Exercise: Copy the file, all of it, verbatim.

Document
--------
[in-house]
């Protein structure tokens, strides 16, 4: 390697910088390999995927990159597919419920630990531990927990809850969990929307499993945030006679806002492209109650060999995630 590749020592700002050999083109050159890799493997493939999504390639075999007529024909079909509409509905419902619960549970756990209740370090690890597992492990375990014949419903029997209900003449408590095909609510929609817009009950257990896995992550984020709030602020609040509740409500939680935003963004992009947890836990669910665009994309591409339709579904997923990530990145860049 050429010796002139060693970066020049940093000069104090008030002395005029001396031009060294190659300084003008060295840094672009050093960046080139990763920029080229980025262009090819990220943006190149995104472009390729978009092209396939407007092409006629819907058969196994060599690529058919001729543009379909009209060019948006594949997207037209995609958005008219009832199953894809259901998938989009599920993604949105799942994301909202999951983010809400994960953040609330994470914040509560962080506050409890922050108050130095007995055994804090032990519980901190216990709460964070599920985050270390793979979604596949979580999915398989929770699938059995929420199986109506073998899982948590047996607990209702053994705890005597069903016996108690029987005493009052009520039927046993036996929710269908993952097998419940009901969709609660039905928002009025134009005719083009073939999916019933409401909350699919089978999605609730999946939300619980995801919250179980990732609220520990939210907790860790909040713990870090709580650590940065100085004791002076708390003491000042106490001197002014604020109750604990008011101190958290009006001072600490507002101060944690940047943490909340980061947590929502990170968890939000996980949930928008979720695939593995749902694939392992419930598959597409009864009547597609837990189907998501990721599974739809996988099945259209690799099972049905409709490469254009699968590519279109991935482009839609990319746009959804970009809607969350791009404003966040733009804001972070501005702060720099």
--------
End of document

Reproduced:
[in-house]
């Protein structure tokens, strides 16, 4: 390697910088390999995927990159597919419920630990531990927990809850969990929307499993945030006679806002492209109650060999995630 590749020592700002050999083109050159890799493997493939999504390639075999007529024909079909509409509905419902619960549970756990209740370090690890597992492990375990014949419903029997209900003449408590095909609510929609817009009950257990896995992550984020709030602020609040509740409500939680935003963004992009947890836990669910665009994309591409339709579904997923990530990145860049 050429010796002139060693970066020049940093000069104090008030002395005029001396031009060294190659300084003008060295840094672009050093960046080139990763920029080229980025262009090819990220943006190149995104472009390729978009092209396939407007092409006629819907058969196994060599690529058919001729543009379909009209060019948006594949997207037209995609958005008219009832199953894809259901998938989009599920993604949105799942994301909202999951983010809400994960953040609330994470914040509560962080506050409890922050108050130095007995055994804090032990519980901190216990709460964070599920985050270390793979979604596949979580999915398989929770699938059995929420199986109506073998899982948590047996607990209702053994705890005597069903016996108690029987005493009052009520039927046993036996929710269908993952097998419940009901969709609660039905928002009025134009005719083009073939999916019933409401909350699919089978999605609730999946939300619980995801919250179980990732609220520990939210907790860790909040713990870090709580650590940065100085004791002076708390003491000042106490001197002014604020109750604990008011101190958290009006001072600490507002101060944690940047943490909340980061947590929502990170968890939000996980949930928008979720695939593995749902694939392992419930598959597409009864009547597609837990189907998501990721599974739809996988099945259209690799099972049905409709490469254009699968590519279109991935482009839609990319746009959804970009809607969350791009404003966040733009804001972070501005702060720099």